City leader scolds police for ‘lack of response’ to protests at her home (as city council calls to defund police)

City leader scolds police for ‘lack of response’ to protests
at her home (as city council calls to defund police) 1

Richmond, Virginia – While members of the Richmond City Council are in the midst of talking about defunding the police department, one of their very own council members got a swift taste of the bad side of the mob they’re considering caving to.

And, ironically, the council member is upset that police didn’t intervene to the level of her desire.

Richmond City Councilwoman Kim Gray managed to attract some uninvited guests outside of her home on the evening of July 15th, and apparently no arrests have been made with regard to the large number of protesters that gathered outside of her home.

In a confessional-styled video, the Gray stated the following:

“Not one person charged, no citations, nothing. I mean what has it come to?”

The reason that Gray is so upset isn’t just that a crowd had gathered outside of the home – it was the criminal threats allegedly said from those within the crowd that had her scared. According to Gray, people began suggesting to burn down her home:

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“Recognizing and understanding that I’m a single Black person, a single mom with Black children in my home… showing up in a violent way at my home, is not a way to protest violence against Black people. You’re doing the exact thing that you say you need to fight against.”

The councilmember said she called police that evening, and not a single unit arrived on the scene:

“When we as citizens call for help… we need to see a presence and there needs to be consequences.”

Richmond Police said that they were aware of Gray’s call, and admitted to monitoring the situation nearby to see if there were any actions that posed a danger to overall public safety. However, Gray says that waiting for something to go awry isn’t enough:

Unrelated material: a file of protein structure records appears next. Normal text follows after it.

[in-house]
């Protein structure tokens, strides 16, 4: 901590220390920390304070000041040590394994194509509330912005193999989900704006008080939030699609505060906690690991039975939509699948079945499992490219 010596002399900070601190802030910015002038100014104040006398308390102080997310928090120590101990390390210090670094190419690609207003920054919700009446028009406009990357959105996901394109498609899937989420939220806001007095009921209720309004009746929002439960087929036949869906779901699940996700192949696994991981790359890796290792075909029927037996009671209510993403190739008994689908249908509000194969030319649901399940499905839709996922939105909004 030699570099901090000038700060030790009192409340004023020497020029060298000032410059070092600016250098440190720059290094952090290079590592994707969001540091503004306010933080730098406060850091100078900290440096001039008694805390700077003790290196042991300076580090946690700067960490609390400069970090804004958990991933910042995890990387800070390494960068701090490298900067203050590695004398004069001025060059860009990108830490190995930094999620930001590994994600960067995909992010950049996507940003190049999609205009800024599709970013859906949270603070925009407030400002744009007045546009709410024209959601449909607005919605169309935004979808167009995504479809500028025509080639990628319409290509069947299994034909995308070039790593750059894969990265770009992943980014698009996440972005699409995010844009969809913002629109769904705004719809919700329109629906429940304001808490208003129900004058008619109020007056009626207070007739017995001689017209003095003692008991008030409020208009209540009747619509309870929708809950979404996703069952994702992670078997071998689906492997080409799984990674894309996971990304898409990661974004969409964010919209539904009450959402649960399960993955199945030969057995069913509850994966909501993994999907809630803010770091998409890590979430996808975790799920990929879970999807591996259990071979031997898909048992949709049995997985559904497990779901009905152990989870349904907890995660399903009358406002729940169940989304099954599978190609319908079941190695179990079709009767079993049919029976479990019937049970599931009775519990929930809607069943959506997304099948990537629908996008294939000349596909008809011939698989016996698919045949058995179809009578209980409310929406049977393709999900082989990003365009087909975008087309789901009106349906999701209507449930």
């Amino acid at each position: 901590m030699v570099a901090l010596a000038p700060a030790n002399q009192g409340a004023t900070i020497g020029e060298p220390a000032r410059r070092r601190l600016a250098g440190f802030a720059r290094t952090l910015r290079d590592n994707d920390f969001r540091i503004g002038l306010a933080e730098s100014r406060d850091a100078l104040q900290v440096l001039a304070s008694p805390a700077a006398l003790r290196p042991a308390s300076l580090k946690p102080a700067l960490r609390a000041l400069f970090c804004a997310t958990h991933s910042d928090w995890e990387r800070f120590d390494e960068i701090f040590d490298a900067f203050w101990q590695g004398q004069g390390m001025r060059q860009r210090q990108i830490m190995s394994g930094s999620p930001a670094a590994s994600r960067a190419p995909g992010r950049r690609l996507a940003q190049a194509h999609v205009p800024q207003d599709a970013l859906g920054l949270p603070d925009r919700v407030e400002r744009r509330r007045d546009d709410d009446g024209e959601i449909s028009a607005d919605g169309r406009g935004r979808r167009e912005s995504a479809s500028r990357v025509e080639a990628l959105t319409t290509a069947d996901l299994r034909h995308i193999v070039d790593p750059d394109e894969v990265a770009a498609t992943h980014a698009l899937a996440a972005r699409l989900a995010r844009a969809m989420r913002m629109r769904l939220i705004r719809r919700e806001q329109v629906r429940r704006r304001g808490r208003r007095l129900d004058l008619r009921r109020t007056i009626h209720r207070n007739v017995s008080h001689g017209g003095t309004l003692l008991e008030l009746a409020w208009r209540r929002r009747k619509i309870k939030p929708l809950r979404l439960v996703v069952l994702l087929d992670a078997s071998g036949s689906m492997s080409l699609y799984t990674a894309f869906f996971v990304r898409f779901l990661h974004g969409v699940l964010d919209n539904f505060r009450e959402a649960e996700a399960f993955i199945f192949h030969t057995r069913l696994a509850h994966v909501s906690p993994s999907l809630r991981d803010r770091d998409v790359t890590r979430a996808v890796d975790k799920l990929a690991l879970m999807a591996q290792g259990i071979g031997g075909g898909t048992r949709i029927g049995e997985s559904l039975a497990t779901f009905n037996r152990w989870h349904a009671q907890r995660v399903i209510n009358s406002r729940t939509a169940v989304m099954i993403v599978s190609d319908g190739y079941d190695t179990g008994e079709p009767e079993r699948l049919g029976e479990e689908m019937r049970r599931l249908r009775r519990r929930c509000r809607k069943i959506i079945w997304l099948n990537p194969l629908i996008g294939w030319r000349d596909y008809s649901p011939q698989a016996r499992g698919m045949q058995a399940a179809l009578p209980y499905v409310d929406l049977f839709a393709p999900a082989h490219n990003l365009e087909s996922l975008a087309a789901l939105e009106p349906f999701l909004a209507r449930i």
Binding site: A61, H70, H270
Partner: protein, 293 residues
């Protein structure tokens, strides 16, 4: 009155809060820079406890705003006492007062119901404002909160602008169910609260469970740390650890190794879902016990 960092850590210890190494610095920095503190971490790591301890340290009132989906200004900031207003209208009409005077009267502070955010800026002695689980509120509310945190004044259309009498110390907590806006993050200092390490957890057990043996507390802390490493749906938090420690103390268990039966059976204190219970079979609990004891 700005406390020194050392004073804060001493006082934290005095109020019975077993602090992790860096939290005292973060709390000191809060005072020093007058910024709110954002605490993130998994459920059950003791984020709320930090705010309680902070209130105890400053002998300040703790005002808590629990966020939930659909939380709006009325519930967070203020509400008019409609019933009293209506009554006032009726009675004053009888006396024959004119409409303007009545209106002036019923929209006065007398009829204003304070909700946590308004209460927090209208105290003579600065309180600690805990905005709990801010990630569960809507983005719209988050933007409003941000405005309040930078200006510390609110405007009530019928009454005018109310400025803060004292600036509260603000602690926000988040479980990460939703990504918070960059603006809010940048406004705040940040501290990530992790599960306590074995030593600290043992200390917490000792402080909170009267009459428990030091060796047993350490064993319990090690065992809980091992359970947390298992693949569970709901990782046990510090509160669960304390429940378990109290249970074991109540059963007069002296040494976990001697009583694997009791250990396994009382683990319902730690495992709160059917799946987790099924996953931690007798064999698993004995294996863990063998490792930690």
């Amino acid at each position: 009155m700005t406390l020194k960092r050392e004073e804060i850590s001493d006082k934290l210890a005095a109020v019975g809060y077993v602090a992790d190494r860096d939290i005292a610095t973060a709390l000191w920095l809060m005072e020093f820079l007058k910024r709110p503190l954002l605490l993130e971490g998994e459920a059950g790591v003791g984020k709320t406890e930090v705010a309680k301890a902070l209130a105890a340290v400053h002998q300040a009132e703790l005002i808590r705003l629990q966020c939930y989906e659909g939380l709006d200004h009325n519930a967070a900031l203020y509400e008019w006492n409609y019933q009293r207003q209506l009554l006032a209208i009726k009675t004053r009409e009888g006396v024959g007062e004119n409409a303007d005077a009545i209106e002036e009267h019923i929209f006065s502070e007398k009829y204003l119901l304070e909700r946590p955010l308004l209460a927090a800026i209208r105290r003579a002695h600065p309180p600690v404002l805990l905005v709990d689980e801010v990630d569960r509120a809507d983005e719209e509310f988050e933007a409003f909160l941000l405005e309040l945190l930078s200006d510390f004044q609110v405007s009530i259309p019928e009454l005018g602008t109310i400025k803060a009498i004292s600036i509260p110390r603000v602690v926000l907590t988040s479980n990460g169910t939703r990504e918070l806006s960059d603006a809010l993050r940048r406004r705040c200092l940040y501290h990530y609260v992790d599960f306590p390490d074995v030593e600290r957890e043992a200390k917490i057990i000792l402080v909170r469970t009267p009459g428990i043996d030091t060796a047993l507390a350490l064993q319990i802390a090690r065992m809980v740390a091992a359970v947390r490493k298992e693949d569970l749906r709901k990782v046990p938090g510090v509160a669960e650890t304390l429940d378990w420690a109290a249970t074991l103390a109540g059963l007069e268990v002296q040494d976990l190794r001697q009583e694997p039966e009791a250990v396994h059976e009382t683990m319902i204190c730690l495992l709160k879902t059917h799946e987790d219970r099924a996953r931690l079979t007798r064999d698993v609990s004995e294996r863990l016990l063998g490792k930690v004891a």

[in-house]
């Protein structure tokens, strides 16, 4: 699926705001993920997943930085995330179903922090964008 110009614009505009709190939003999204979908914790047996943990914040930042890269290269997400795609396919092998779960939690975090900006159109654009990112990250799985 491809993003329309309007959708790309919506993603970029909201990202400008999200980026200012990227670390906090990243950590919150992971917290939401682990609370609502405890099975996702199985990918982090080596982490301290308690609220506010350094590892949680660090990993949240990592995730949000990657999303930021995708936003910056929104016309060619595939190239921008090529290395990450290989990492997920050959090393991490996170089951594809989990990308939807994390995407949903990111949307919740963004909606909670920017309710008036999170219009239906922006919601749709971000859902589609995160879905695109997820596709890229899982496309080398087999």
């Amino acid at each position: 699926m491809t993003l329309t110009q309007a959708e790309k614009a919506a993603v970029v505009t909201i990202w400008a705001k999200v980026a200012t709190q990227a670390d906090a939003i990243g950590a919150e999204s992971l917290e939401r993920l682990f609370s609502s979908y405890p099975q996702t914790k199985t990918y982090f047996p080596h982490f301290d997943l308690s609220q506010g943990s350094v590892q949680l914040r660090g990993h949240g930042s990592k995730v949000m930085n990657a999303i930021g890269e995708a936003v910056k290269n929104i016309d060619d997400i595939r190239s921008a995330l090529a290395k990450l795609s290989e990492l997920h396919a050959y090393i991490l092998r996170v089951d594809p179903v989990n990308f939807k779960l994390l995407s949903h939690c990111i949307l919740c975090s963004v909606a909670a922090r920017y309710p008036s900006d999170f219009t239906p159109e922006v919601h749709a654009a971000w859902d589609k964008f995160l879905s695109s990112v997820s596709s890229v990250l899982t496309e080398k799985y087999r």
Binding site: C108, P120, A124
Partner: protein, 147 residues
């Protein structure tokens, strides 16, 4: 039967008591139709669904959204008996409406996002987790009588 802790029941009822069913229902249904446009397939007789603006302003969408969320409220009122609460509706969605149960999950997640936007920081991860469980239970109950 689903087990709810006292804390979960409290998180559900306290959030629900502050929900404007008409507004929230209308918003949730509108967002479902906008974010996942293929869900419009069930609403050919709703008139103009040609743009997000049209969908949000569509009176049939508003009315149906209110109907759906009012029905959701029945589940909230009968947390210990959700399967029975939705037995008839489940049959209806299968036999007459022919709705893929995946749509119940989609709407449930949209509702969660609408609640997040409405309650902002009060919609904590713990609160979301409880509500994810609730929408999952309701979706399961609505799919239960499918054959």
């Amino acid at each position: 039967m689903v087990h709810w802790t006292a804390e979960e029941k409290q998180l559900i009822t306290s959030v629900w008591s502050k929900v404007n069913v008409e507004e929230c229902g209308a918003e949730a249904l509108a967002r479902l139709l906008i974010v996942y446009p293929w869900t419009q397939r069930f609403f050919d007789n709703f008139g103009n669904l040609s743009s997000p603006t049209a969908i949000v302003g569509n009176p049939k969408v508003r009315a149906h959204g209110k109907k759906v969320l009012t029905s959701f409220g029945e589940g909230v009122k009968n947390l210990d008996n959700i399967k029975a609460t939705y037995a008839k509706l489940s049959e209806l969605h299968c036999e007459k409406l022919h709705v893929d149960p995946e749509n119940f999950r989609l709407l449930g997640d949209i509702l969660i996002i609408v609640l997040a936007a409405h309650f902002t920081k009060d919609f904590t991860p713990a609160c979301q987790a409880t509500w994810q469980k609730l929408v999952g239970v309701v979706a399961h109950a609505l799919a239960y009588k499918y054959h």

“That’s an unsettling response to say we are going to allow laws to be broken and your family to be put in potential jeopardy because we don’t want to have another negative interaction with the crowd.”

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Yet, how can anyone be surprised at how Richmond Police reacted to a call over a crowd of protesters gathering? Over the past several weeks, seemingly any type of enforcement against illegal acts during protests have gotten the likes of the RPD admonished at every corner.

Back in June, when rioters blocked a police SUV from leaving an area – and the SUV simply tried to go around the crowd, they continued to surround the vehicle some got tipped over by the SUV. Richmond’s own Mayor Stoney called for the officer who tried to get out of the rioters’ way to be placed on leave.

The ACLU actually tried to place a restraining order last month against police in Virginia to ban them from using tear gas and pepper spray as a means to clear unlawful assemblies.

The RPD’s own Chief of Police “resigned” in mid-June because of trying to get protests under control and enacting arrests.

In a sense, police in Richmond are probably worried of being accused of “escalating” matters if trying to arrest protesters engaging in illegal behavior akin to blocking the flow of traffic or alleged threats of rioting at this point.

Steve Neal, who serves as a crime expert for the local CBS 6, explained that this kind of conundrum isn’t just happening in Richmond – it’s a nationwide impasse:

“It’s what’s going on everywhere in the country right now.”

Neal noted that whenever police are inserting themselves into protests, it becomes the catch-22 of one person saying they’re a victim of the mob and then protesters claiming a violation of their rights:

“One person has just as much right to be protected as another. So, law enforcement has to make some decisions and it seems in some cases, politics are being used as the deciding point rather than what might be best for community safety or the individual’s safety.”

It’s as if police are in a situation of damned if they do, damned if they don’t.

Because if someone has a protest outside their home that becomes unruly and police don’t start enacting arrests – then they’re bad for not doing it. Yet, when police start arresting people present within these protests, then you have clamoring about police seemingly arresting people for “no reason”.


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